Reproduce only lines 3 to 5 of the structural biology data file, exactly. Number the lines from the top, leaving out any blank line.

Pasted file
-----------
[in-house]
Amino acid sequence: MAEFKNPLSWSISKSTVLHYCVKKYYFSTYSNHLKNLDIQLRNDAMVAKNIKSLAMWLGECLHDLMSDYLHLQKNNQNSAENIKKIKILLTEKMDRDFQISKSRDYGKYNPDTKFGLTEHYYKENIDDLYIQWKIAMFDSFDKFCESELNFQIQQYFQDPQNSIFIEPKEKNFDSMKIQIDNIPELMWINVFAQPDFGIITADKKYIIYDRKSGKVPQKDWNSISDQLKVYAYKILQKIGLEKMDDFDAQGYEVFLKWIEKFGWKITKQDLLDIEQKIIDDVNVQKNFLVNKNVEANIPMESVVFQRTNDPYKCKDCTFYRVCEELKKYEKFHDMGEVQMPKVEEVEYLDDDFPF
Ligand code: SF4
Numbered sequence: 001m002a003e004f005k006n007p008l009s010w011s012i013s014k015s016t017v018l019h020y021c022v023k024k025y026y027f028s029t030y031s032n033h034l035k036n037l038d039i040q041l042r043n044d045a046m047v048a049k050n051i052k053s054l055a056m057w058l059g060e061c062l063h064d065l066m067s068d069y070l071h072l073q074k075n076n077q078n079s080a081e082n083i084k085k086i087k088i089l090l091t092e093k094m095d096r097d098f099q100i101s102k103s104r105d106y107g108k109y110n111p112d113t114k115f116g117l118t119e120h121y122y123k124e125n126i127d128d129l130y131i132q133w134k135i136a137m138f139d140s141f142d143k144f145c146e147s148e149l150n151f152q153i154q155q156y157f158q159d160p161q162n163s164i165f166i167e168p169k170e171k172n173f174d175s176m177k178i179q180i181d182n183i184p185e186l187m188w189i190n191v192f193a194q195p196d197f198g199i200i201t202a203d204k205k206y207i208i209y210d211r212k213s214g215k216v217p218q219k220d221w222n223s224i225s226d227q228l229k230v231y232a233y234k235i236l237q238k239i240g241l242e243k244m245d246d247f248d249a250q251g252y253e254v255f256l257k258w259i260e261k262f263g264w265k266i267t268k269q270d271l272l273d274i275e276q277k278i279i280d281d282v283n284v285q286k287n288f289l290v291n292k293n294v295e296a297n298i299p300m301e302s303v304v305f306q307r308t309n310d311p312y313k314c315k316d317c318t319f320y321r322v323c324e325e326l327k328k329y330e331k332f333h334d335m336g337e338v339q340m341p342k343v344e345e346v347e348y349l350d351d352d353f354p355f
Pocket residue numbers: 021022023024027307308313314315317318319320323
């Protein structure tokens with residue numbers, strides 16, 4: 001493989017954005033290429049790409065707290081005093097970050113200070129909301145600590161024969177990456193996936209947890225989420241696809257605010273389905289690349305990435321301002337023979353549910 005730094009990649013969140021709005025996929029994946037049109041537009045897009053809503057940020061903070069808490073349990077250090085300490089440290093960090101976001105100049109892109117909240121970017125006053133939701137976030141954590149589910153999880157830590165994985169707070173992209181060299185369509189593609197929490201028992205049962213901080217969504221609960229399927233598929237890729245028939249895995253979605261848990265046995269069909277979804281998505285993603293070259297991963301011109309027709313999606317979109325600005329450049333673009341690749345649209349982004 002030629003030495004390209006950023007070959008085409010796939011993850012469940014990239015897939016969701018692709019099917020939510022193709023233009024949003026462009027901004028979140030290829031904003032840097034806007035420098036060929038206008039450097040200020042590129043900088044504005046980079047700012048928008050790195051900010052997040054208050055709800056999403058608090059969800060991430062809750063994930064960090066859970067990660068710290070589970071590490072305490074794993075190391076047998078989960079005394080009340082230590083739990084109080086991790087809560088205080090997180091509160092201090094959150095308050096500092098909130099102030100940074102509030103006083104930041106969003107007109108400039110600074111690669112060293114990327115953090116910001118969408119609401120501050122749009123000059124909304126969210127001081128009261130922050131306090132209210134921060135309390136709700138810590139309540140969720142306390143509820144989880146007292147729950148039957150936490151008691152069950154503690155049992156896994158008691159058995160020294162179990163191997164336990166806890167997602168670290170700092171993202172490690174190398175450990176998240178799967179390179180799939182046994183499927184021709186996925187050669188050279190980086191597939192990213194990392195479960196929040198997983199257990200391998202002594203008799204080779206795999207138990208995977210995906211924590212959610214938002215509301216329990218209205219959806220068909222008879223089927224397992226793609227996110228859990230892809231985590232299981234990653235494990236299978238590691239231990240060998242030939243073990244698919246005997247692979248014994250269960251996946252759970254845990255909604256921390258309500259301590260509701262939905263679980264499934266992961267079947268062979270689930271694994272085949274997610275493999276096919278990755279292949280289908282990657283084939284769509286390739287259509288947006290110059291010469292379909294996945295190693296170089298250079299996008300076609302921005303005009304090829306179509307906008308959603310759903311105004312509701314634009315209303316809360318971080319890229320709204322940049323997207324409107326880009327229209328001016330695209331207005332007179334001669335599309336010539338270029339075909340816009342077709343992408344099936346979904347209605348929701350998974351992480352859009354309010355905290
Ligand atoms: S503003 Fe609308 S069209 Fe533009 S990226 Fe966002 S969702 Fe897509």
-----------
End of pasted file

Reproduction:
Ligand code: SF4
Numbered sequence: 001m002a003e004f005k006n007p008l009s010w011s012i013s014k015s016t017v018l019h020y021c022v023k024k025y026y027f028s029t030y031s032n033h034l035k036n037l038d039i040q041l042r043n044d045a046m047v048a049k050n051i052k053s054l055a056m057w058l059g060e061c062l063h064d065l066m067s068d069y070l071h072l073q074k075n076n077q078n079s080a081e082n083i084k085k086i087k088i089l090l091t092e093k094m095d096r097d098f099q100i101s102k103s104r105d106y107g108k109y110n111p112d113t114k115f116g117l118t119e120h121y122y123k124e125n126i127d128d129l130y131i132q133w134k135i136a137m138f139d140s141f142d143k144f145c146e147s148e149l150n151f152q153i154q155q156y157f158q159d160p161q162n163s164i165f166i167e168p169k170e171k172n173f174d175s176m177k178i179q180i181d182n183i184p185e186l187m188w189i190n191v192f193a194q195p196d197f198g199i200i201t202a203d204k205k206y207i208i209y210d211r212k213s214g215k216v217p218q219k220d221w222n223s224i225s226d227q228l229k230v231y232a233y234k235i236l237q238k239i240g241l242e243k244m245d246d247f248d249a250q251g252y253e254v255f256l257k258w259i260e261k262f263g264w265k266i267t268k269q270d271l272l273d274i275e276q277k278i279i280d281d282v283n284v285q286k287n288f289l290v291n292k293n294v295e296a297n298i299p300m301e302s303v304v305f306q307r308t309n310d311p312y313k314c315k316d317c318t319f320y321r322v323c324e325e326l327k328k329y330e331k332f333h334d335m336g337e338v339q340m341p342k343v344e345e346v347e348y349l350d351d352d353f354p355f
Pocket residue numbers: 021022023024027307308313314315317318319320323